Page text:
dan everett dan_everett at SIL.ORG
Thu Mar 22 18:58:43 UTC 2001

     Maybe. I think our paper is problematic for just about any version of
     connectionism, though.

     Have a look and see.


______________________________ Reply Separator _________________________________
Subject: Connectionism
Author:  <lamb at RICE.EDU> at Internet
Date:    3/22/01 8:59 AM

On Thu, 22 Mar 2001, dan everett wrote:

>      The basic idea is that phonological representations require the use of
>      variables and cannot be accounted for by different strengths of
>      connections or statistical generalizations. Evidence for variables is
>      problematic for connectionism.
>      ...

Variables are problematic only for a simple-minded version of
connectionism such as the well-known version of Rumelhart &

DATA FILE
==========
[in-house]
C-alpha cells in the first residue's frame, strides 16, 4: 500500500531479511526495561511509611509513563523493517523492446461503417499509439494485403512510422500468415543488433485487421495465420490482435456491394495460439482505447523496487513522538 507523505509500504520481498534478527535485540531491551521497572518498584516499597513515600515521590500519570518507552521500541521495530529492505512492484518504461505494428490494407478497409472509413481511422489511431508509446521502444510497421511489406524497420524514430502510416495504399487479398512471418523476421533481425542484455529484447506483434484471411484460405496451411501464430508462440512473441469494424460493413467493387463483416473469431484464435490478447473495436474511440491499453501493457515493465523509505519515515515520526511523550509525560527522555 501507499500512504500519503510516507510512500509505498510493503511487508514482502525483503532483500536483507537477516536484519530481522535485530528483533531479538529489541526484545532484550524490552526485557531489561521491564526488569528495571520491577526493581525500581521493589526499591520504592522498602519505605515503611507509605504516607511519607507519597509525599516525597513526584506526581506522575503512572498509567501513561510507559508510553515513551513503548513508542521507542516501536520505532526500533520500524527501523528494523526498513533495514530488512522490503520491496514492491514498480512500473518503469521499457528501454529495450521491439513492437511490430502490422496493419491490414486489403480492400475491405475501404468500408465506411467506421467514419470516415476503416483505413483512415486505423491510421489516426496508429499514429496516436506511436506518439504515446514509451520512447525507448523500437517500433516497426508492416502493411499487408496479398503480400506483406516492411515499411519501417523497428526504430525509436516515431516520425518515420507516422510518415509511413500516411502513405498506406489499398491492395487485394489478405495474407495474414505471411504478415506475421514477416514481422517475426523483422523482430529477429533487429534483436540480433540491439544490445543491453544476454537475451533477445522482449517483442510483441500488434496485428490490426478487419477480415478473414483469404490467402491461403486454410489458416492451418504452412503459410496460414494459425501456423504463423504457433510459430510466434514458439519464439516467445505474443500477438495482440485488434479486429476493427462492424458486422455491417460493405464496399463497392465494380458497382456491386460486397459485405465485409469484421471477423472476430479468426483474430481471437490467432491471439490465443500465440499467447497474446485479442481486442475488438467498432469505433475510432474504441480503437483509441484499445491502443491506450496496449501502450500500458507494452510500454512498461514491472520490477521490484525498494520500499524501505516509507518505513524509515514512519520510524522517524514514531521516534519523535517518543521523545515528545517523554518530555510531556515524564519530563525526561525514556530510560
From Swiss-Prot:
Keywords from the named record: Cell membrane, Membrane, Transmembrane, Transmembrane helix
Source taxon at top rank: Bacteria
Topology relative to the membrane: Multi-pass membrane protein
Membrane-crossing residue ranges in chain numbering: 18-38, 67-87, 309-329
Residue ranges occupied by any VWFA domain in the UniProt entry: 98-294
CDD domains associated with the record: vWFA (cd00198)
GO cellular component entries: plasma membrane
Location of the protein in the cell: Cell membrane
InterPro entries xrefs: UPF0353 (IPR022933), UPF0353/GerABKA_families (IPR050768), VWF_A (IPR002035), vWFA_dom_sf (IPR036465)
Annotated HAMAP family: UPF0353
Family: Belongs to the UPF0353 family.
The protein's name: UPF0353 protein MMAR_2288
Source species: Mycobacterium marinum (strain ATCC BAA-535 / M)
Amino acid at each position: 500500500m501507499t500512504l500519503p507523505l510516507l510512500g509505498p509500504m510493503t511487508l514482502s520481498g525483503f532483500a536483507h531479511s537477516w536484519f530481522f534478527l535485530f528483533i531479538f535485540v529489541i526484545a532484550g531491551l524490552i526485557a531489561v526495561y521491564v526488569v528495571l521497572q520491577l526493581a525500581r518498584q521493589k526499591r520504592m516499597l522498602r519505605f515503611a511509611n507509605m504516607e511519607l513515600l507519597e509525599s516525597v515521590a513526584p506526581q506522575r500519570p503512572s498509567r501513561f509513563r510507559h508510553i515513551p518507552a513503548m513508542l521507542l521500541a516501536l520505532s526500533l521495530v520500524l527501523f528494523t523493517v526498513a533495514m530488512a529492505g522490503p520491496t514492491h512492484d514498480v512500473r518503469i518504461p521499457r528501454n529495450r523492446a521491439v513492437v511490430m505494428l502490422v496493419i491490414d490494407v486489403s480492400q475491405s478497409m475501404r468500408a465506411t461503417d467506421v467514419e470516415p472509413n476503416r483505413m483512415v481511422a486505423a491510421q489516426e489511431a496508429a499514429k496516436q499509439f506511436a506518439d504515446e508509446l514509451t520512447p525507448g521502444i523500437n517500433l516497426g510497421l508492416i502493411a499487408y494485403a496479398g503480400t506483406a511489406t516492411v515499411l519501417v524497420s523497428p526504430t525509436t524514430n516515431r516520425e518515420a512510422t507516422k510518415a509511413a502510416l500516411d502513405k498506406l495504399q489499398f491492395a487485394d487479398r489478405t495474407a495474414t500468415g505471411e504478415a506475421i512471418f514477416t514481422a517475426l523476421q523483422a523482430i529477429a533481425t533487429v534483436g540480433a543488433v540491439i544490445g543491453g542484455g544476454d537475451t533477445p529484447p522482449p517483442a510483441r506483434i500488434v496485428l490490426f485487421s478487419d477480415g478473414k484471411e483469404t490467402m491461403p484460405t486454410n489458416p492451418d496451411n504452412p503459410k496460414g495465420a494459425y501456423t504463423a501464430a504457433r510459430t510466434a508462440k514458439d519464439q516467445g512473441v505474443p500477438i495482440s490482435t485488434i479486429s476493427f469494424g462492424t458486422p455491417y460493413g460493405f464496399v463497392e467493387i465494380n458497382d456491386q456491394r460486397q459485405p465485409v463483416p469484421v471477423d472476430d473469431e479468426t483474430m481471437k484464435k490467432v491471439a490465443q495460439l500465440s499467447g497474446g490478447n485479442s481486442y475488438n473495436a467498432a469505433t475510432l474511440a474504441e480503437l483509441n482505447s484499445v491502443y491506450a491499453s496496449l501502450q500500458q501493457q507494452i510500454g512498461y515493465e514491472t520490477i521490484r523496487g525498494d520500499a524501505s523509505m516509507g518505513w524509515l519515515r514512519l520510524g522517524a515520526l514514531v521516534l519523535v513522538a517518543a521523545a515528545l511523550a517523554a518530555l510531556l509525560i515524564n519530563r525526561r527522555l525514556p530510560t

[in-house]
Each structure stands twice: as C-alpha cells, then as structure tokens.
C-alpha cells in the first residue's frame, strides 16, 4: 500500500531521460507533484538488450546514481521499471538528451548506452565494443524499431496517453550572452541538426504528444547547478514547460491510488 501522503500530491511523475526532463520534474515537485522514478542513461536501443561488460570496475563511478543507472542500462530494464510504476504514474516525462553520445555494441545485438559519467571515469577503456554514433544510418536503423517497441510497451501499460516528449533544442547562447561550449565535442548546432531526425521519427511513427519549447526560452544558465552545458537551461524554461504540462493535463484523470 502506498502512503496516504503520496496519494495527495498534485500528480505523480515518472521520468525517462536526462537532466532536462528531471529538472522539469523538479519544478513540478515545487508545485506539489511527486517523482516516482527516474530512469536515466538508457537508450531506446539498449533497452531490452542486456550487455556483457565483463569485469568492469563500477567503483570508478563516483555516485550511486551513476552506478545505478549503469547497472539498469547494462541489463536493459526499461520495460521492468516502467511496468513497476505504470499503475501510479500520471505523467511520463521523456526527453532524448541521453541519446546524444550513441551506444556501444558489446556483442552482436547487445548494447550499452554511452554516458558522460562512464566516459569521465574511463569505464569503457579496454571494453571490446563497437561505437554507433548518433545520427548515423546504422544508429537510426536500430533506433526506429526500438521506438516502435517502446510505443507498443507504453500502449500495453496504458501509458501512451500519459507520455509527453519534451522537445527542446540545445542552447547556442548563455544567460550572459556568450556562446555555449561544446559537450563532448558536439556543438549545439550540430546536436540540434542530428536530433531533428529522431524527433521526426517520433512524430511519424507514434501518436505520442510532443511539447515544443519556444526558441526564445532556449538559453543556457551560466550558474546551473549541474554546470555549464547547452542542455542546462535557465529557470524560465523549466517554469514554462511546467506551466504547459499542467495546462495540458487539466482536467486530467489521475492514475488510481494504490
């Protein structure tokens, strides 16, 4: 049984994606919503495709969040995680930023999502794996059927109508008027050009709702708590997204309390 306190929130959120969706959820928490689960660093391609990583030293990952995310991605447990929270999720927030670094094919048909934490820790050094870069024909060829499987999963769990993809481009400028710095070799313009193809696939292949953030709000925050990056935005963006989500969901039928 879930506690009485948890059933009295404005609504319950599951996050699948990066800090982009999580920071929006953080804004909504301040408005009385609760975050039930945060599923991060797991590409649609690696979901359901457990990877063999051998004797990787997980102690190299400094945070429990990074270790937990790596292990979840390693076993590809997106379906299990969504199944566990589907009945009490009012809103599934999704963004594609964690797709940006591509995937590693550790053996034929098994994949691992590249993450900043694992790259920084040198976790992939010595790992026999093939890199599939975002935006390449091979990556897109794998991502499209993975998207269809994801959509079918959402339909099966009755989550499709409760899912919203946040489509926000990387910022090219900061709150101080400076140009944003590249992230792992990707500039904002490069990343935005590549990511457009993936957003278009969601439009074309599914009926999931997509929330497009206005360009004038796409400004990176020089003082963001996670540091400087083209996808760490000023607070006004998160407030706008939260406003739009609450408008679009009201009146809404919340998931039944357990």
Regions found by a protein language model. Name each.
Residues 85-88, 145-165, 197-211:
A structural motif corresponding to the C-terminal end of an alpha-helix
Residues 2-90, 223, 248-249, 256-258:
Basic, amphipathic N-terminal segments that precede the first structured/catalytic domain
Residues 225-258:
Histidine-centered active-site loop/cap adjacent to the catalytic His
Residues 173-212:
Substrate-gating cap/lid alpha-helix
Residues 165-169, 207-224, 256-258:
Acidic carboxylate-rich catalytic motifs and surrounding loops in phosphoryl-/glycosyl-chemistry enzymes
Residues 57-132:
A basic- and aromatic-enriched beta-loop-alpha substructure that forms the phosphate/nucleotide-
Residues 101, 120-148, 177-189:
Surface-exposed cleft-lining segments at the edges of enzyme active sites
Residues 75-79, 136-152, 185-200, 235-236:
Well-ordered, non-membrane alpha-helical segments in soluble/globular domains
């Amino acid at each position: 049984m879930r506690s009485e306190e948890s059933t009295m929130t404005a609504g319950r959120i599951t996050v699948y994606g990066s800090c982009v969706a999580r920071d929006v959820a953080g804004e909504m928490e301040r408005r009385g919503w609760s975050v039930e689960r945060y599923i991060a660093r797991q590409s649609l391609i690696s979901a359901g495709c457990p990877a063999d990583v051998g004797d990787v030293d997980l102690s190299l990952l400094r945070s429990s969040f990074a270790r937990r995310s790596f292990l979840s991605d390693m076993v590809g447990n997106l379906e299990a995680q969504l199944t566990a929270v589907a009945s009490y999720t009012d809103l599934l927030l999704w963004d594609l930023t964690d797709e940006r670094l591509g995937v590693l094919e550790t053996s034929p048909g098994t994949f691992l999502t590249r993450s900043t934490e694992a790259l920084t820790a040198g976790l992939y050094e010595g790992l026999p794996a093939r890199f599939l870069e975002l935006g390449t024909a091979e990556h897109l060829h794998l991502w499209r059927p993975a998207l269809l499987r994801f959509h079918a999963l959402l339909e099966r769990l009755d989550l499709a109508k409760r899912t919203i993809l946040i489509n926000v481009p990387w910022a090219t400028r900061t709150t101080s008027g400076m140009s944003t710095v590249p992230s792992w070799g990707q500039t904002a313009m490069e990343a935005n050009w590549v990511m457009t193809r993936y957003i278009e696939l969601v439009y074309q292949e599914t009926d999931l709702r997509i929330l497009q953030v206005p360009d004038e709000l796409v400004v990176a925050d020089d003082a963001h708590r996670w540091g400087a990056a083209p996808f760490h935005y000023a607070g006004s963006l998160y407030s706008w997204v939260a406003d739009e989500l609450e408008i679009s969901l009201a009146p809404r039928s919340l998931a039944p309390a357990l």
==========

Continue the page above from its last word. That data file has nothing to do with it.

McClellan and their colleagues, with its limitation to three
layers, etc. But that simple-minded version has to be rejected
anyway as neurologically implausible.

  - Syd Lamb

> ______________________________ Reply Separator _______________________________
> Subject: Re: Dyslexia
> Author:  <Twright at> at Internet
> Date:    3/21/01 1:41 PM
> At 08:17 AM 3/21/01 -0500, dan everett wrote:
> >     We have a new paper either just out or nearly out in Cognitive
> >     Psychology on variables in Hebrew word representation, also arguing
> >     that phonological representation is nonconnectionist, symbolic and
> >     representational.
> What exactly is meant by "nonconnectionist" in this context?  I am familiar
> with the concepts of connectionism, but could you expand a bit about
> phonological representation being nonconnectionist?  Also, what is the
> difference between it being symbolic and being representational?  I am eager
> to know more about this line of inquiry, as it sounds very interesting.
> --Tony Wright

Sydney M. Lamb        
Linguistics and Cognitive Sciences
Rice University, Houston, TX

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